"The success of our student -athletes on the field and in the classroom will continue with Mark 's leadership," said Director of Athletics Rob Mullens, per the official news release, "and we are thrilled that he will stay at home in Oregon for a long time to come."

2. Not a good look for Mike Leach, whose $2.75 million salary exceeds that of Arizona State head coach Todd Graham. Leach earned his money two seasons ago, when he led Washington State to a surprising bowl game, but the Cougars regressed badly in 2014. Great as Leach can be, another down season might land him on the hot seat.

 

                       SEC  

*did not coach Florida's bowl game

1. Let's start with the obvious: No SEC coach earned less than $300,000 per win. Only four earned less than $420,000. However, while indicting at first glance, most of that concerns the size of SEC head coaching contracts in general. In this regard, one could argue SEC wins are worth more than other conference wins, since they come, by and large, against coaches with bigger salaries. It all depends on how you want to look at it. And that, of course, depends on how you feel about SEC football.

2. Alabama head coach Nick Saban will always rank toward the bottom of this list. His $7.16 million salary is the highest in college football, so even if Alabama went 15-0, his stipend per win, $477,346, would rank below the 50th percentile for power-conference coaches. Texas A&M's Kevin Sumlin has a similar, albeit less extreme, predicament.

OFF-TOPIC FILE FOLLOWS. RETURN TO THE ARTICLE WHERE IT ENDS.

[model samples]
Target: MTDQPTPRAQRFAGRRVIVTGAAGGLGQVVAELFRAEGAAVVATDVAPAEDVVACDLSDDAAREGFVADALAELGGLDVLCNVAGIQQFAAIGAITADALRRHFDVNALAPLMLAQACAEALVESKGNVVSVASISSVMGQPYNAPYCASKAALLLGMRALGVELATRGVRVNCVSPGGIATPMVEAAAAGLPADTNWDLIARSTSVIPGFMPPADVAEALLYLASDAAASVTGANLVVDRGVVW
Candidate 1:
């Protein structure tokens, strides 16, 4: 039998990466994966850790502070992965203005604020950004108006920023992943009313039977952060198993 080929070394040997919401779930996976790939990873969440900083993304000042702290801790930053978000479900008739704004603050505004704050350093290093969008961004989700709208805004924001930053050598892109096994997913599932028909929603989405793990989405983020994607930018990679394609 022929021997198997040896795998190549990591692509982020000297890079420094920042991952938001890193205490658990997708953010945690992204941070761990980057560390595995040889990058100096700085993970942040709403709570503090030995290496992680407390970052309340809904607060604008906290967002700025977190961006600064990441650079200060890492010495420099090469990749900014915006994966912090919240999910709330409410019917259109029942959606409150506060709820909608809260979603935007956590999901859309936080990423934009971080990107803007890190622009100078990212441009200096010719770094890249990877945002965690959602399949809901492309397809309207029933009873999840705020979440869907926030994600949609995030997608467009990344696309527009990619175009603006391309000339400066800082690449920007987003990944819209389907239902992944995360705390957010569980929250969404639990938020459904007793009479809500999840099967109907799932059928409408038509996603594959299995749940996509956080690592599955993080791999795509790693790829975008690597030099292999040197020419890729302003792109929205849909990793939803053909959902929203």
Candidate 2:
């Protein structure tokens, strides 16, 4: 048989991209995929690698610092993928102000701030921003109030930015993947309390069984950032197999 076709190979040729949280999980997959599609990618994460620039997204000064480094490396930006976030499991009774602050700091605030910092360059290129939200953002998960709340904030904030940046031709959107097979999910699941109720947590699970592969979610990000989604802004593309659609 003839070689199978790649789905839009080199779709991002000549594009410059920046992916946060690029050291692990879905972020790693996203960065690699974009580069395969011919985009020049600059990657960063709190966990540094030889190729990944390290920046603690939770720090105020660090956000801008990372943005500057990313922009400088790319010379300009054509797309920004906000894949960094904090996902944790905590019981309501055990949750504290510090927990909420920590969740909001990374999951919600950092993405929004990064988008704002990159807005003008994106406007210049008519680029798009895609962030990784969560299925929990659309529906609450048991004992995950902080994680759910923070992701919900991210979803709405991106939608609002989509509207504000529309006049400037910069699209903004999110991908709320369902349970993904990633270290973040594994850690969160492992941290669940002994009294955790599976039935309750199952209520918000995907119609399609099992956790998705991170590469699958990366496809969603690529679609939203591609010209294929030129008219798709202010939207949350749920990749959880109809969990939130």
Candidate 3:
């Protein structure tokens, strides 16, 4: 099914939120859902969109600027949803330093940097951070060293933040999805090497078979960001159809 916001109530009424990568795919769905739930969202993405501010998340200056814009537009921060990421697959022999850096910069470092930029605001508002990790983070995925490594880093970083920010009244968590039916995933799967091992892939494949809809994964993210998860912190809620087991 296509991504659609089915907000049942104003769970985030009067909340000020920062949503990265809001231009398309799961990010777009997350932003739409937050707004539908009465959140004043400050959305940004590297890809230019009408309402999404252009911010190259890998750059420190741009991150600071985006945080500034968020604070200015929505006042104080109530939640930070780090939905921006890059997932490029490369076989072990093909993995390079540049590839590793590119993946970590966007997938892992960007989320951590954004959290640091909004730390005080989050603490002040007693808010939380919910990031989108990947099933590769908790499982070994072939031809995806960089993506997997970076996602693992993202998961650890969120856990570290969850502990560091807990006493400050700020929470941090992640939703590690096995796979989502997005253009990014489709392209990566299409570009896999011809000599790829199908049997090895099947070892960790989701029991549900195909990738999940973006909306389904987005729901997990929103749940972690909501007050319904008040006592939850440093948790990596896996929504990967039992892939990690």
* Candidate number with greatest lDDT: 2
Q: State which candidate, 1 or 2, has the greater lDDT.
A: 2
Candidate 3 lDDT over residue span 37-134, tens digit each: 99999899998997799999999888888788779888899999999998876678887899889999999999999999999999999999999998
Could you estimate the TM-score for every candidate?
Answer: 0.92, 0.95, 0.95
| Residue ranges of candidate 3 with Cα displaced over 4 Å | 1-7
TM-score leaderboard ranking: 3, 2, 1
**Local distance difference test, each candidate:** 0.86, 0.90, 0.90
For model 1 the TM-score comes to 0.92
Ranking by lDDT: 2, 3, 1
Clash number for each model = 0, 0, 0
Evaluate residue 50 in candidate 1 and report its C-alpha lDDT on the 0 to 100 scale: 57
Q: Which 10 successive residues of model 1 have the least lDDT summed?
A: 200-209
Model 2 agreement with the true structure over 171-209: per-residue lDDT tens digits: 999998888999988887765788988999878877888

Full FBS Value Chart  

*fired midseason

Key Takeaway

On a win-per-dollar basis, the little guys will always beat the big guys. The No. 1 power-conference value, Flood, rank No. 30 on the full FBS table. The No. 3 power-conference value, Andersen, ranks No. 50.

Again, reading these numbers requires context. Power conference teams pay more per win because their wins, when accumulated near 10 or 11 per season, lead to major bowls on national stages.

And those are worth every penny.

 

Follow Brian Leigh on Twitter: @BLeigh35

Read more College Football news on BleacherReport.com

Alabama Football: How Defensive Injuries Will Impact Crimson Tide's Spring

TUSCALOOSA, Ala. — Alabama will be a little short-handed on the defensive side of the ball this spring.

Cornerback Cyrus Jones and linebacker Denzel Devall—two regular defensive starters and rising seniors—will miss the spring with injuries suffered during the season, according to an announcement from Alabama coach Nick Saban after Friday’s first session of the spring. Devall had foot surgery while Jones had cartilage in his hip repaired.

These two injuries aren’t the end of the world by any means. In fact, long-term, they may end up being blessings in disguise.